But Steve Redgrave knew that the relentless regime was worth it! You don’t win gold medals by messing about on a river on a lazy summer afternoon. You win the prize through discipline. Not discipline as in punishment. Discipline as in dogged determination and relentless pursuit.
And he did get in a boat again! Four months later. No one shot him (thankfully), and he went on to win his fifth consecutive rowing gold medal at the Sydney Olympics in 2000. Discipline pays dividends!
“Garlic Bread? Garlic... bread? Garlic? And bread? Am I hearing you right? Garlic bread?” Bolton comedian Peter Kay’s stand-up routine about a family having a holiday meal in a pub and being offered “garlic bread” has entered comedy folklore in this country. The man’s utter shock and bewilderment at this encroachment of “foreign food” in our British way of life was admittedly hilarious. The joke went on to appear in Kay’s TV sit-com “Phoenix Nights” when the lead character says: “Garlic bread – it’s the future, I’ve tasted it!”. It was voted the best one-liner in TV comedy history.
Strangely, it’s a reaction I’ve encountered when talking to people about intimacy with God. “Intimacy with God? Intimacy….with God? Intimacy? And God? Am I hearing you right? Intimacy with God?” Stranger still is my own response to that reaction – “Intimacy with God – it’s the future, I’ve tasted it!” I wonder if that will be voted the best one-liner in pulpit history??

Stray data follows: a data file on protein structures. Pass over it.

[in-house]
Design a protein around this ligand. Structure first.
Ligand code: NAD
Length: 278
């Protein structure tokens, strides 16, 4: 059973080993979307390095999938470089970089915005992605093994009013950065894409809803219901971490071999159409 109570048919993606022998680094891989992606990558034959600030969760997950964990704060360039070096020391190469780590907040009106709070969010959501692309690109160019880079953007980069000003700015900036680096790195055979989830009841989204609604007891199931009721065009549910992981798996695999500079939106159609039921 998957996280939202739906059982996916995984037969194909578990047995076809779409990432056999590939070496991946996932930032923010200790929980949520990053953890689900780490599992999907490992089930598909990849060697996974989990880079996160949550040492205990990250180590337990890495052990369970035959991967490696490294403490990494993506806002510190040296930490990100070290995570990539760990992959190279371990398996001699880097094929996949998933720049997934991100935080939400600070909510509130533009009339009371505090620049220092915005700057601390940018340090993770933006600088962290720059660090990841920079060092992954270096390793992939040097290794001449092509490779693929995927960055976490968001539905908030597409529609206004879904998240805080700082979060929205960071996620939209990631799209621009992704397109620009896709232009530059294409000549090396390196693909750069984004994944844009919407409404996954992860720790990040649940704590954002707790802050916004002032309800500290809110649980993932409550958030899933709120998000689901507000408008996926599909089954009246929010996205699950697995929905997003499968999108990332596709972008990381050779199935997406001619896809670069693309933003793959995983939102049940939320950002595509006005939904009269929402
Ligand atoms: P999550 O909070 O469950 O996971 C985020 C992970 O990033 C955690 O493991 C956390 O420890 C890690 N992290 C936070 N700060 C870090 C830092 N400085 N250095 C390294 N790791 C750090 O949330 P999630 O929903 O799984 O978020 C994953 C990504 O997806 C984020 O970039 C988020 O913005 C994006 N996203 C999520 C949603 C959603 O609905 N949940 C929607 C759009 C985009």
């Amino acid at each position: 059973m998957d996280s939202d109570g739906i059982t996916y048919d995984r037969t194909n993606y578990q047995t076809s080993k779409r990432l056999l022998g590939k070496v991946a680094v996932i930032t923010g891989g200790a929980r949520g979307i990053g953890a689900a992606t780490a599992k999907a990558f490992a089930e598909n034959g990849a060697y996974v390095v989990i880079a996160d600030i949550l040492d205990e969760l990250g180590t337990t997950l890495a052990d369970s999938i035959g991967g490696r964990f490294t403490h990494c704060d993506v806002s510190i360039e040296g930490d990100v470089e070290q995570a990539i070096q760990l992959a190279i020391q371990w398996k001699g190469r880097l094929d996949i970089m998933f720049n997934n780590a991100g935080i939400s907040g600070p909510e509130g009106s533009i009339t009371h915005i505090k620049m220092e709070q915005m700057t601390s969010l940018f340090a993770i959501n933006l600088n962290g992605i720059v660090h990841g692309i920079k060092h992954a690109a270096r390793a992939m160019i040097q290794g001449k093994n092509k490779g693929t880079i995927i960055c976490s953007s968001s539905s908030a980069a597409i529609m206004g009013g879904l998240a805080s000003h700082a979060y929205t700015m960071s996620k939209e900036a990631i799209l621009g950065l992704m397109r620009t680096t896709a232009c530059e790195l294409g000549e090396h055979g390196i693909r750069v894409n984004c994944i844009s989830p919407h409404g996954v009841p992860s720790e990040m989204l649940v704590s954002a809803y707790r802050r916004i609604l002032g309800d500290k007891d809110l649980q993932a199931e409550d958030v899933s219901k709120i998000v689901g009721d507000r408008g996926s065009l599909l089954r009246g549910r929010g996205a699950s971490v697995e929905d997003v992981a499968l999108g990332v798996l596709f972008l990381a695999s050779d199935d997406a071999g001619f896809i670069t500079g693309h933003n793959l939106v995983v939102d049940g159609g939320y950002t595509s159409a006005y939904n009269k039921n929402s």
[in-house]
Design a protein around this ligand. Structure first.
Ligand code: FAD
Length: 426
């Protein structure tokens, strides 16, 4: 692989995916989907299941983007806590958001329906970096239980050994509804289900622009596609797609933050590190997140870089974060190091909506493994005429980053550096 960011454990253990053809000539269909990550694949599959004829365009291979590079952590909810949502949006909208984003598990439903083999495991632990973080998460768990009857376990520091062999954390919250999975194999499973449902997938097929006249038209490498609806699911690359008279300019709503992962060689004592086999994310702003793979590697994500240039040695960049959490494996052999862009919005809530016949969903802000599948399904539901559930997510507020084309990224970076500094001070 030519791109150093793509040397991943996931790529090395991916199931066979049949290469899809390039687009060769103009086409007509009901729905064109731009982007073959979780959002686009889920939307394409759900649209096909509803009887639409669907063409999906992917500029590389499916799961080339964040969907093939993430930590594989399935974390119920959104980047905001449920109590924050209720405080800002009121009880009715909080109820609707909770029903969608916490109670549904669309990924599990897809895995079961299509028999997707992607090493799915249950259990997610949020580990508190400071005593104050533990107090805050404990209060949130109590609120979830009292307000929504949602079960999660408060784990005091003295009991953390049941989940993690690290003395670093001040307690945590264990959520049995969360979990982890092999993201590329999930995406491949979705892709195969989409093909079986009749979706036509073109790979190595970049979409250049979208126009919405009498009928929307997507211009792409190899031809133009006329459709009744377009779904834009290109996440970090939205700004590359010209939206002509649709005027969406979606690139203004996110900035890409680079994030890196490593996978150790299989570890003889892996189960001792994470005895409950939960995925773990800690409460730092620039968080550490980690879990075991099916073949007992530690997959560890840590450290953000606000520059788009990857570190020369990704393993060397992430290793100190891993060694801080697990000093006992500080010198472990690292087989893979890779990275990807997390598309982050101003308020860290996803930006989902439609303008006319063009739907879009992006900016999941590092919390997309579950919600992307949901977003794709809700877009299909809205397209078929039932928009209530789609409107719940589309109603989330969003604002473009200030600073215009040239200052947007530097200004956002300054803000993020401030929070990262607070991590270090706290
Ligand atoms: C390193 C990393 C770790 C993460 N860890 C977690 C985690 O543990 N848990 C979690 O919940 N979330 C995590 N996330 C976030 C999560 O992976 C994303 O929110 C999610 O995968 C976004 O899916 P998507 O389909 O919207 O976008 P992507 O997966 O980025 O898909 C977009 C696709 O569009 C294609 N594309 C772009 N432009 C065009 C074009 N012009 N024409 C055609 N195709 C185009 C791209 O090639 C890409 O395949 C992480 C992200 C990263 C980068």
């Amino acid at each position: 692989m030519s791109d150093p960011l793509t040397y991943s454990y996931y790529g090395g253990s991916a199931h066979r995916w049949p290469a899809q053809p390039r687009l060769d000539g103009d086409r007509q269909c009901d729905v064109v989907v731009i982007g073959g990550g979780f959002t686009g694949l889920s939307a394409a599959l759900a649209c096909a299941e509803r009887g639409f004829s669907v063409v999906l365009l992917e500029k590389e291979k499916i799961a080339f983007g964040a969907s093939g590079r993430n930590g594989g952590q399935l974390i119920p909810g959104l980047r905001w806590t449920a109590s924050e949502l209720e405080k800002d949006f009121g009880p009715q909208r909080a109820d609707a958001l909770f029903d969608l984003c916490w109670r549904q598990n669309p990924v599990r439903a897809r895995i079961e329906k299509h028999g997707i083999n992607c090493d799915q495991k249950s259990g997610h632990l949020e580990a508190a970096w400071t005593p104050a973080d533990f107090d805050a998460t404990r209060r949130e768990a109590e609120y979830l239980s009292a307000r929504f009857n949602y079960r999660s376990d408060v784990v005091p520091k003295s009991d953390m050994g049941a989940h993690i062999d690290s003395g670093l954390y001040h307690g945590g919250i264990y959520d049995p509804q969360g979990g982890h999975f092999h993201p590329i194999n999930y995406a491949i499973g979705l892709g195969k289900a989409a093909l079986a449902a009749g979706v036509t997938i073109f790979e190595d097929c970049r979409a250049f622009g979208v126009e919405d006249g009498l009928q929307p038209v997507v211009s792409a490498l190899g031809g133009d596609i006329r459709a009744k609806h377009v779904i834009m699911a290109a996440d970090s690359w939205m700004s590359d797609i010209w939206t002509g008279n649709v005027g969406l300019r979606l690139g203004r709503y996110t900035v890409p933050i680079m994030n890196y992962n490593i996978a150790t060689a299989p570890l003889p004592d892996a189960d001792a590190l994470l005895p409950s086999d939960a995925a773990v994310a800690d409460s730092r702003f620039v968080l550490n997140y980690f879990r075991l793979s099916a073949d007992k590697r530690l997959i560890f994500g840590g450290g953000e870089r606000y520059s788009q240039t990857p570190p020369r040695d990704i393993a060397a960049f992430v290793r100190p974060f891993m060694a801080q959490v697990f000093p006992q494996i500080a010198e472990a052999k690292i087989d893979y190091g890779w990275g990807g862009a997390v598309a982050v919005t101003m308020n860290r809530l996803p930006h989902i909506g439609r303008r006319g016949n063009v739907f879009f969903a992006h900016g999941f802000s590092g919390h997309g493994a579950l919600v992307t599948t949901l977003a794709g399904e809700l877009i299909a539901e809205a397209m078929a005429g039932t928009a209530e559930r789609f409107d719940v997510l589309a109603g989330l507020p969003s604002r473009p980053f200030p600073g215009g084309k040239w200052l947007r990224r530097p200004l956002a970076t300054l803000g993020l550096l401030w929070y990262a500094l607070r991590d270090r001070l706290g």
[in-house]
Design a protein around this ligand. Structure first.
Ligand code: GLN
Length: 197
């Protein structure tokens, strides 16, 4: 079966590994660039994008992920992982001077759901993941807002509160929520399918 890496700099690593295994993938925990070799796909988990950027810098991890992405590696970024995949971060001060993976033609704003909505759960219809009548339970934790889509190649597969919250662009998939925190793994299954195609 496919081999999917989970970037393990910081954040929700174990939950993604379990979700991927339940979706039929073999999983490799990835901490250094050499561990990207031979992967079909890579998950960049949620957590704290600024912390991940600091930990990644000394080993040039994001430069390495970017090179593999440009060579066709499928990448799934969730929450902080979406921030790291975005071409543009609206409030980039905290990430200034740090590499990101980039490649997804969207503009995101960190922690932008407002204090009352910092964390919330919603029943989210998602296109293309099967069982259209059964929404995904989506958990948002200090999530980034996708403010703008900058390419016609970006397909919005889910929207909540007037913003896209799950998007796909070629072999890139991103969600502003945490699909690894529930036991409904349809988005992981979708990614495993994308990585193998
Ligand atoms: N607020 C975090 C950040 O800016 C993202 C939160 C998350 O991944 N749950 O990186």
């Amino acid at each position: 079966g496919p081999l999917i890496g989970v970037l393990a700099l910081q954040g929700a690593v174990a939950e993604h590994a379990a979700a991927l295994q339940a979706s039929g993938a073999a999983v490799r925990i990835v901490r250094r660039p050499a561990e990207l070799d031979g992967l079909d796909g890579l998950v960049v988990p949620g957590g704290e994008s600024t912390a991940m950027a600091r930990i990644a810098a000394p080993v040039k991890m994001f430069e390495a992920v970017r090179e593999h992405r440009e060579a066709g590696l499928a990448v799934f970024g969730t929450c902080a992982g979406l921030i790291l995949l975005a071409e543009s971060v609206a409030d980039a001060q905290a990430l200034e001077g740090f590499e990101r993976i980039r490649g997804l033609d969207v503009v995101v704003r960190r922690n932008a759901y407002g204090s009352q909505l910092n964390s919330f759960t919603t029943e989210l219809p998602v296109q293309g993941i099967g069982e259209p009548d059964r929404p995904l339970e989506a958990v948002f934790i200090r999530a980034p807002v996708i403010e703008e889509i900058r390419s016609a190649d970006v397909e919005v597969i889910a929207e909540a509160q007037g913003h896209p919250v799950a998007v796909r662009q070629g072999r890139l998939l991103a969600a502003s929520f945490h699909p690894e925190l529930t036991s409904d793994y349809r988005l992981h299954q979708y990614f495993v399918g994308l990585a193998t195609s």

A friend of mine seemed to take an emotional and psychological step back when I told him about my new journey of intimacy with God, as if I’d just told him I was suffering with a lethal and highly contagious disease. “I can relate to God as a Master and as a Father, but how can you be ‘intimate’ with the divine, transcendent creator of the universe?” he said. Good question.
I had a funny dream a while ago in which I managed to lose my shoes! In the dream, I was passing through a shopping precinct on my way to a meeting when I stopped to browse in a large charity shop. When it came time to continue to the meeting, I left the shop but as I was walking along, I noticed that my shoes were missing!
I thought – I can’t go to the meeting without shoes! So I returned to the charity shop in case I had taken them off there without realising it – I didn’t want someone to find them and think they were for sale. I searched the shop for my shoes but couldn’t find them. Time was getting on, so I decided to quickly buy myself another pair of shoes. I looked first for a cheap shoe shop, but couldn’t find one, and was then looking for any shoe shop when I woke up.
It was only a dream, but it felt like one of those “trojan horse” dreams – carrying a hidden message from the Lord. As I puzzled over what had happened to my shoes, I thought of Moses and the day his life was radically changed after he lost his shoes (Exodus 3:1-5).